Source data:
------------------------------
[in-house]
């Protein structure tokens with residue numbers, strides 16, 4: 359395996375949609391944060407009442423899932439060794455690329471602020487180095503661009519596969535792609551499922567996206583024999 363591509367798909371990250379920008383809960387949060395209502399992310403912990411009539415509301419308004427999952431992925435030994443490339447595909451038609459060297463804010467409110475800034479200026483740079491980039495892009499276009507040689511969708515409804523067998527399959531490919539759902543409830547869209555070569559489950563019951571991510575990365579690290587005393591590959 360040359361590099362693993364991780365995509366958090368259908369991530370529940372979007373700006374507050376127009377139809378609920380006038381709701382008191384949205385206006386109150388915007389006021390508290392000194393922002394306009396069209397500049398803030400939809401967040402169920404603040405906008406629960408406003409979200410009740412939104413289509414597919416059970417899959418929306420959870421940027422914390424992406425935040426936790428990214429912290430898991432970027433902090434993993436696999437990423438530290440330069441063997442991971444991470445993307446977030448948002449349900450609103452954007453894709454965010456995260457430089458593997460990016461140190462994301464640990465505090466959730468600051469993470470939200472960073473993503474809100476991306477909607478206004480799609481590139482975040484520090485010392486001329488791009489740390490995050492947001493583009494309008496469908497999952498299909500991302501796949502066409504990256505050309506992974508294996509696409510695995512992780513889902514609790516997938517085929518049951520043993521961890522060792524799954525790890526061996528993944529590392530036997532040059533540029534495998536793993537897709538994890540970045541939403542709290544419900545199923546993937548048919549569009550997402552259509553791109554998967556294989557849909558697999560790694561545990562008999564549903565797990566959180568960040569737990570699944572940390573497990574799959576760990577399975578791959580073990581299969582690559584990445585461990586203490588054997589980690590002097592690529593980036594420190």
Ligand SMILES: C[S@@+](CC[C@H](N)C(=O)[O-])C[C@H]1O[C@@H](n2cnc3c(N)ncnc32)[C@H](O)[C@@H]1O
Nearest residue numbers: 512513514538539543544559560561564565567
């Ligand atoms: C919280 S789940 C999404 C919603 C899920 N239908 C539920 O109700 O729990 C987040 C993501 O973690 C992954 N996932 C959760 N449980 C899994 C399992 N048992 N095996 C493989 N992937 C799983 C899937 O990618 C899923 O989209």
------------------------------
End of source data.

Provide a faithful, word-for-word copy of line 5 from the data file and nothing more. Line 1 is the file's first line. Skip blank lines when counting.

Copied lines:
């Ligand atoms: C919280 S789940 C999404 C919603 C899920 N239908 C539920 O109700 O729990 C987040 C993501 O973690 C992954 N996932 C959760 N449980 C899994 C399992 N048992 N095996 C493989 N992937 C799983 C899937 O990618 C899923 O989209």